Stimulus Bill Brings Windfall to a Troubled Transit Project

The Senate continues to debate the federal stimulus bill in Washington today. If it passes in much the same form as it did in the House last week, the MTA stands to receive about $2 billion for capital projects. WNYC’s Matthew Schuerman looks at one place where the MTA will spend that money, and discovers it won’t create any more jobs, at least in the short term.

McVAY HUGHES: Here, let’s look here.

REPORTER: The corner of Fulton Street and Broadway has been blocked off with a blue wooden fence for months now. It’s the site of the future Fulton Street Transit Center, a nexus of 13 different subway lines, plus access to the PATH train to New Jersey. Catherine McVay Hughes is vice-chairwoman of the lower Manhattan community board.

McVAY HUGHES: There’d be a glass structure here. And inside of it there would be numer-numerous stairs and escalators so people could easily access the points they need to.

REPORTER: The glass box would stretch 50 feet high and be lined with retail shops. A glass cone, or oculus, was going to go on top, and bring sunlight down to commuters below. The project would also straighten out the confusing spaghetti bowl of ramps and platforms underground. The whole thing was supposed to cost 750 million dollars, paid for with money the federal government gave New York after September 11th.

McVAY HUGHES: You’ll be able to stand at street level and clearly see day or night because it will be an illuminated glass structure that this is clearly a transportation station.

REPORTER: But cost overruns have brought the real price to something more like 1-point-four billion dollars. A year ago, the MTA said it could finish the underground work … but needed to make the pavilion a lot cheaper. One official suggested it might just become an open-air public plaza. McVay Hughes says downtown residents wouldn’t necessarily have chosen such a lavish design. But they were offended when they heard it might be taken away from them.

McVAY HUGHES: It’s not fair to offer something to a community and then take it away.

REPORTER: But they really came to you with this pretty—

McVAY HUGHES: They came to the community with this plan, and we liked this plan. And therefore we’ve been willing to tolerate the years of disruption.

REPORTER: By that point, the MTA had already moved out 145 businesses… and demolished several buildings. The stimulus bill came along at just the right time.

SANDER: Fulton Street was funded with federal money, this will also be federal money.

REPORTER: The head of the MTA, Lee Sander, says he plans to devote 497 million dollars, about a QUARTER of the money the MTA expects to receive from the stimulus bill, to finish the Fulton Street Transit Center. The 50-foot-tall pavilion will be built … though the authority has not committed to the glass oculus. That would cost another 40 million dollars.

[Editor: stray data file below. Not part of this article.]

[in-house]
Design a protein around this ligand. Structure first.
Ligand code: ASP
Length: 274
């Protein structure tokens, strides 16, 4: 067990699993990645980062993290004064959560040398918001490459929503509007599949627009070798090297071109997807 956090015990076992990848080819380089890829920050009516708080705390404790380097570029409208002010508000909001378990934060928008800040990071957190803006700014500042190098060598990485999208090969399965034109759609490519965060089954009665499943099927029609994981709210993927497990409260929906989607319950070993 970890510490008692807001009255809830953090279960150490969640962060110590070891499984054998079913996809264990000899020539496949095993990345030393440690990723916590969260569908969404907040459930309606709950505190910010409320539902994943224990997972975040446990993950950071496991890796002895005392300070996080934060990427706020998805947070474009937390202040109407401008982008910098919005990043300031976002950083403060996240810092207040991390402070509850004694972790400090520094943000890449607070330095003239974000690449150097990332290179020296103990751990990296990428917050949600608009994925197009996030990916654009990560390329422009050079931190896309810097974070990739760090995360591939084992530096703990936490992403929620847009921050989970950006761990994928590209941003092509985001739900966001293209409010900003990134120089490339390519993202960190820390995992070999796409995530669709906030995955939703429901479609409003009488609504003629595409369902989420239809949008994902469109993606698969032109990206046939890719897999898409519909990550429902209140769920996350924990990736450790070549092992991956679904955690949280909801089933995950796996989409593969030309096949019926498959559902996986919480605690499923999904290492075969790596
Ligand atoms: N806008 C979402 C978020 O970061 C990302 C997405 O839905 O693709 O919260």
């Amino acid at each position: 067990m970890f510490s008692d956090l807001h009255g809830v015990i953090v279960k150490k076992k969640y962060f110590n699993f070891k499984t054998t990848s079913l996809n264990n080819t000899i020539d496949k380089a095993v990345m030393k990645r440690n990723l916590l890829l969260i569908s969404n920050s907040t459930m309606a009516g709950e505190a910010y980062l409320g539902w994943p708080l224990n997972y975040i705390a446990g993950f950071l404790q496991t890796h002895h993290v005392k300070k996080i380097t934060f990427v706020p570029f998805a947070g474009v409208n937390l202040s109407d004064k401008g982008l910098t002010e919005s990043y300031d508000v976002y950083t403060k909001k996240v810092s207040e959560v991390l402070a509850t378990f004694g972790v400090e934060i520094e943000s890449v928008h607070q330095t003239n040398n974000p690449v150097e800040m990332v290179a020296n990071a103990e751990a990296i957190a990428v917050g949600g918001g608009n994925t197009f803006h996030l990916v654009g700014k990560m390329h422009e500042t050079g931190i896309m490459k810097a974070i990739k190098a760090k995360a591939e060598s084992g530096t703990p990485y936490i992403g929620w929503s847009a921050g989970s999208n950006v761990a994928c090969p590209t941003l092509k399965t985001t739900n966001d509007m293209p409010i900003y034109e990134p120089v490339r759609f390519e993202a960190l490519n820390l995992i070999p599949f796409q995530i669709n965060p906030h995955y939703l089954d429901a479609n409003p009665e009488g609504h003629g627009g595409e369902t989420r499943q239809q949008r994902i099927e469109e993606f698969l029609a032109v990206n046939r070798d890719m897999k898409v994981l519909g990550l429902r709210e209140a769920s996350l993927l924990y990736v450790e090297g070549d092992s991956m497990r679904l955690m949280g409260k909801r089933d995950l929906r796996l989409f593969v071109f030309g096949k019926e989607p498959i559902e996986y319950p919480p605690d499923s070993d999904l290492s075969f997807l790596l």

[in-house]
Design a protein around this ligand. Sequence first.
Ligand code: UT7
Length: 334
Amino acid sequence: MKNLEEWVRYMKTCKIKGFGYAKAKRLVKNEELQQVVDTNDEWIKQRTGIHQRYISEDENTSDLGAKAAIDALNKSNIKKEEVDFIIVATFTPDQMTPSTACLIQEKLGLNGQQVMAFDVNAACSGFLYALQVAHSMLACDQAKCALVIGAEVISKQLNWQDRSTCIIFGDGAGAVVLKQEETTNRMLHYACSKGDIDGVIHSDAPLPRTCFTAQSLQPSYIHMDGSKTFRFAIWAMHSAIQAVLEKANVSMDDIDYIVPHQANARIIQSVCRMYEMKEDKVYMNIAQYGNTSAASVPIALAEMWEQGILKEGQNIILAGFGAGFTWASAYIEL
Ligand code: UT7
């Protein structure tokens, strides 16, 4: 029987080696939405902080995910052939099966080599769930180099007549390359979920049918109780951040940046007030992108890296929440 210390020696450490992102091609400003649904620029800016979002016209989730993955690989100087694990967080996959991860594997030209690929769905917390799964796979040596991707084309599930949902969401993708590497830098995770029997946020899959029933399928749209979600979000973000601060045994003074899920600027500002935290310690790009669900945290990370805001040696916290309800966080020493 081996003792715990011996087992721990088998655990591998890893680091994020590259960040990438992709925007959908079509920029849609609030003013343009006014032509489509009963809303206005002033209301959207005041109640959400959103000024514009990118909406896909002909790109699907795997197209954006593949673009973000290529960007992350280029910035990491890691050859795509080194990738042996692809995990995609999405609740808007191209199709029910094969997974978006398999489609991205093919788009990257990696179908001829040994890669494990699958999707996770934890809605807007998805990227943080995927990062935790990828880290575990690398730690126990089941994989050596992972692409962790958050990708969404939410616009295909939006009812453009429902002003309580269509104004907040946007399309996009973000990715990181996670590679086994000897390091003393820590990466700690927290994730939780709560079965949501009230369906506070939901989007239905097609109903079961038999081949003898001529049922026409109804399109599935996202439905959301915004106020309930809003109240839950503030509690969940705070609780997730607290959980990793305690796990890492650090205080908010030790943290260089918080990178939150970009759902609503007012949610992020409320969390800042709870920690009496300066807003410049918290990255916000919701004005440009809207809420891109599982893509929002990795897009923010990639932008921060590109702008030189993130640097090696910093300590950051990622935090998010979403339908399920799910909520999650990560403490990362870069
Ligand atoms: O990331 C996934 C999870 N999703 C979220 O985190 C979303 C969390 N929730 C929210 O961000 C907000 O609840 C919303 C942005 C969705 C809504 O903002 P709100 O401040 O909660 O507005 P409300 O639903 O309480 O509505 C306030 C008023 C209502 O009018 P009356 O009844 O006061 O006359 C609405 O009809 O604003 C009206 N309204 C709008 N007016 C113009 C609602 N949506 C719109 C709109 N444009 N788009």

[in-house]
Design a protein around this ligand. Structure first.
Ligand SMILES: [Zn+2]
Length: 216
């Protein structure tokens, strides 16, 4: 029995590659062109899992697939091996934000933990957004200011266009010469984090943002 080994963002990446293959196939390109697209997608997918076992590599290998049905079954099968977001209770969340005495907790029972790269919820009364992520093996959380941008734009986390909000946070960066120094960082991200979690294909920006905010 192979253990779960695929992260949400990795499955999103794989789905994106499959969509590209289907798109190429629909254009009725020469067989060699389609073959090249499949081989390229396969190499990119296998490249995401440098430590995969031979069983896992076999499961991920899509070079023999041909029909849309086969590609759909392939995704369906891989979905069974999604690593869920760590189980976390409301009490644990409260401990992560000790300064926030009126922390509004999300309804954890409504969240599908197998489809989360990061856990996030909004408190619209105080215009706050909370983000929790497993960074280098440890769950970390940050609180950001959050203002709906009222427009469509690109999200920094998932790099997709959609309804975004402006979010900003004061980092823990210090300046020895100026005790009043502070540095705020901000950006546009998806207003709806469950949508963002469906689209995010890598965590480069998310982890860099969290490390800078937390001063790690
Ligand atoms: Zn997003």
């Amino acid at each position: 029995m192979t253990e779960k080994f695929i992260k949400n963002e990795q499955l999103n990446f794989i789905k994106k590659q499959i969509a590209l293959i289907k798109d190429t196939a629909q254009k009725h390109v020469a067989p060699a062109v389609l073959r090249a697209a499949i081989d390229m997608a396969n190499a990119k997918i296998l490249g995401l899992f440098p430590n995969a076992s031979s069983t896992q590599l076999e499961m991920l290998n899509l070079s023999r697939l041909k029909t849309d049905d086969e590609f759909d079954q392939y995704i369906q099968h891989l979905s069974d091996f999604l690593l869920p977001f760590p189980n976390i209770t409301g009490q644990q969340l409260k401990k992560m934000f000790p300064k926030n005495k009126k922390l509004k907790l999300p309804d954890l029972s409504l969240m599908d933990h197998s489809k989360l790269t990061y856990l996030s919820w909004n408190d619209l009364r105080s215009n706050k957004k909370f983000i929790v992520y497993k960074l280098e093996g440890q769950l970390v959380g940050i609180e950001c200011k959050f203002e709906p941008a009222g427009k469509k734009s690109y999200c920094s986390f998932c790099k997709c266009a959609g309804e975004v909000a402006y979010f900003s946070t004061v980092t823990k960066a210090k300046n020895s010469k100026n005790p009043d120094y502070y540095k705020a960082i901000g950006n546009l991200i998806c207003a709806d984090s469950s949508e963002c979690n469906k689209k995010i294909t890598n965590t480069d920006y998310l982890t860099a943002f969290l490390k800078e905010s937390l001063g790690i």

SANDER: We have to complete it. The reality is we are basically three-quarters of the way through. But I do not think it would be fair to say it is an inappropriate project or a bad project.

REPORTER: But there’s one catch. Work on the pavilion won’t start until the summer of 2-thousand-10. And it won’t finish until late 2-thousand-12 or early 2-thousand-13.

SANDER: We will be able to use the money for the contract that we’re ready to go with now and then flex that money to do the pavilion.

REPORTER: In other words, says Joseph Berechman, chair of the economics department at City College, the 497 million dollars will not create any new jobs, at least in the short run.

BERECHMAN: Basically they are taking one dollar from one coffer and putting it instead of another dollar but that in itself would not stimulate the economy.

REPORTER: Those new jobs won’t really kick in for a year and a half. The MTA says the jobs will still be valuable then. The Fulton Street Transit Center is in Congressman Jerrold Nadler’s district.

NADLER: If anybody thinks that this economy is going to be fully restored by the end of 2010, I’ve got a couple of good bridges to sell them.

REPORTER: It was Congressman Nadler who convinced his colleagues in the House to add $3 billion for transit projects.

NADLER: We’re still going to be needed to stimulate the economy and replace aggregate demand in 2011. I guarantee it.

REPORTER: Transportation advocates see an irony. While the MTA is keeping construction going on the Transit Hub, it’s making plans to cut 28-hundred transit workers. Kate Slevin of the Tri-State Transportation Campaign doesn’t blame the MTA. She blames Congress.

SLEVIN: Why are you going to hire a construction worker if you need to fire a bus driver?

REPORTER: Since the Reagan era, Congress has avoided giving money to fund the day-to-day operating budgets of transit agencies. And the stimulus bill is no different. But otherwise, the stimulus package gives localities a pretty long leash to decide which capital projects to finance. That’s why transportation agencies across the country are free to use federal money to finish projects that have gone wildly over budget, or to fulfill a promise to a community, or to get themselves out of other binds, with the money that is designed to get the country out of a recession.

For WNYC, I’m Matthew Schuerman.